Tuesday, September 30, 2014

Colored Pencil Brown Thrasher in an Acrylic Painting or Mixing My Media, Again

This blog post is a bit about an experiment I'm doing involving mixing techniques and media. In my current painting, “Ladybugs:3, Thrasher:0” I have used both differing painting techniques, (opaque painting and glazed painting) and mixed media,(acrylic paints and waxed based pencils). I talked a bit about the different painting techniques I used in past posts, and now I'm “show and telling” about mixing colored pencils with acrylic paints. I don't have any evidence of the archival-ness of this mixing of media, but I think it should work OK. I used wax based pencils in between two coats of acrylic glazes and will follow that up with a top coat of acrylic medium/varnish when finished. That should hold it to the canvas just as the paint pigments are bound to the canvas by the acrylic medium.

The image above shows the brown thrasher sketched in with very thin acrylic glazes in brownish red and buffy......the “native” colors of the bird. I'm painting on a prepared very smooth gessoed piece of masonite. Light acrylic glazes (acrylic fluid paints mixed with an acrylic glazing medium) dry pretty quickly and keep their “tooth”. If acrylic paints are applied without a glazing medium or applied thickly, when they dry will assume a plastic texture and wax colored pencils won't adhere to that surface.

I drew in the individual feathers on the upper body of the bird, along with detailing the staring “stink eye” he's giving the ladybugs. (“Stink eye” is appropriate as ladybugs stink to high heaven when squashed.....something the thrasher seems to know!)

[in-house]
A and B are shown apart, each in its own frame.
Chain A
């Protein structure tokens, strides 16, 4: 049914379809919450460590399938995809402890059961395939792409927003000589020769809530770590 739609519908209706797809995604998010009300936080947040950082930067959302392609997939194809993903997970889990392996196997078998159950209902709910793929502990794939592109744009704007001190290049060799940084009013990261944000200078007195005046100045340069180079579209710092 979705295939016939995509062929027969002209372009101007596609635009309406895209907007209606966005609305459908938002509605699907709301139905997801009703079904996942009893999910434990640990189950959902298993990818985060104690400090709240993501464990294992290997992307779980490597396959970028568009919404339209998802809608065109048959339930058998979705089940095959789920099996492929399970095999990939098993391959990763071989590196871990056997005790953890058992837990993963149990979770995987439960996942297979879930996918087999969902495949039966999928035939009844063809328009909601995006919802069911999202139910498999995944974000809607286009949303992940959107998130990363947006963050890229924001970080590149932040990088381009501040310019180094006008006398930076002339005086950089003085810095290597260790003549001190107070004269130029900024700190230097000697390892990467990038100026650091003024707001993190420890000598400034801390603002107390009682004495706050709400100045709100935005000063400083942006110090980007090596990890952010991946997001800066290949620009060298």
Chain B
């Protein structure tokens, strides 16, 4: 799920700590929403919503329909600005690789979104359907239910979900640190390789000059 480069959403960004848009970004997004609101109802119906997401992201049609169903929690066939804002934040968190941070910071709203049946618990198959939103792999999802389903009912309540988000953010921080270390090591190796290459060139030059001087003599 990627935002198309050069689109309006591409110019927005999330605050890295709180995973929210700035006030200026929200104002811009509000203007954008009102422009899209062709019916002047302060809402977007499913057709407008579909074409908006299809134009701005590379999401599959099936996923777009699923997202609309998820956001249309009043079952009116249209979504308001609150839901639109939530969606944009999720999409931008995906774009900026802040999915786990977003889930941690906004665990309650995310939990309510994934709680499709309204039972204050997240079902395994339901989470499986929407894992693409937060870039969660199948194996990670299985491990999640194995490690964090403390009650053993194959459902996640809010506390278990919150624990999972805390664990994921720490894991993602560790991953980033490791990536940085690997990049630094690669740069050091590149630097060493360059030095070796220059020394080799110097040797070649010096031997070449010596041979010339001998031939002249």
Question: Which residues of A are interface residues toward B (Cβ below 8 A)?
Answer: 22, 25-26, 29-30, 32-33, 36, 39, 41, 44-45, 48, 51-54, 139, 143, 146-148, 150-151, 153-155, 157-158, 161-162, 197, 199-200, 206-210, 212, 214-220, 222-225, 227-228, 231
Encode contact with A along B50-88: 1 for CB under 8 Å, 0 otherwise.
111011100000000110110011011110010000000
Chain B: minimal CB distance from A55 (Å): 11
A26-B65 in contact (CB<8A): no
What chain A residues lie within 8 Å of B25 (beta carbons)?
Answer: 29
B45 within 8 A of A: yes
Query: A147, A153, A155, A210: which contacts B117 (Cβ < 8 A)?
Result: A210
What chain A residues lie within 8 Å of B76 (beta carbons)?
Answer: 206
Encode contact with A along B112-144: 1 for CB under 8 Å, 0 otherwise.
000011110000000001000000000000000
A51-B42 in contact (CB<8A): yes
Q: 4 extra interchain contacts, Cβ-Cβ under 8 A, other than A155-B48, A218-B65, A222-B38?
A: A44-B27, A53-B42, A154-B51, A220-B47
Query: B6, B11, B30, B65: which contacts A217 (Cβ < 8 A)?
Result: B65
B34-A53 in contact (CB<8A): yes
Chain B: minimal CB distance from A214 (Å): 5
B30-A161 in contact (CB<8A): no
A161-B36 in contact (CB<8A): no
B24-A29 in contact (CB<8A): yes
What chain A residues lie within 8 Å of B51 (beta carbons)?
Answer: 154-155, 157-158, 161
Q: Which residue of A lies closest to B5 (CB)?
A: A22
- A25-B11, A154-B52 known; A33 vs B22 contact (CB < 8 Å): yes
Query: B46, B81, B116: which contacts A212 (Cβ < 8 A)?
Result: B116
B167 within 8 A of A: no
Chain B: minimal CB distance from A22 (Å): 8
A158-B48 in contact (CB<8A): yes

At the same time you can see that the glazing of the backlit dogwood leaves is progressing.

Since I wanted to judge how dark to glaze the surrounding leaves, I darkened the thrasher's buffy front and underbelly, with a glaze of transparent brown and cobalt blue. After that dried I drew, with a sepia wax colored pencil, the individual brown stippling on the bird's belly. I covered that with another light blue glaze and checked the effect of the glazed “shadow”.

Now I just have to tweak details, and I will show the finished piece next time.

Monday, September 22, 2014

Drunk on Color; Part Deux

Drunk on Color, part Deux

This blog post is a continuation of my “ode to colour” for the painting in progress, “Lady Bugs:3, Thrasher; 0”

Last time I wrote about the joys of painting colorful foliage in the far background. I painted this foliage in opaque colors, using a progression of hues from light to dark values. This kind of painting has a unique charm all it's own. It is direct, in other words “WYSIWYG” (What You See Is What You Get) and yet the progression of values of the colors is planned.

In this next segment of the painting, I switched to my current favorite painting style, acrylic glazes. This style of painting is similar to Photoshop layers of colour, with the medium an acrylic glazing medium rather than the layers in the computer program. This takes multiple layers painted separately and dried, before the next layer is applied. This avoids muddying of colors that can sometimes happen when painting opaquely.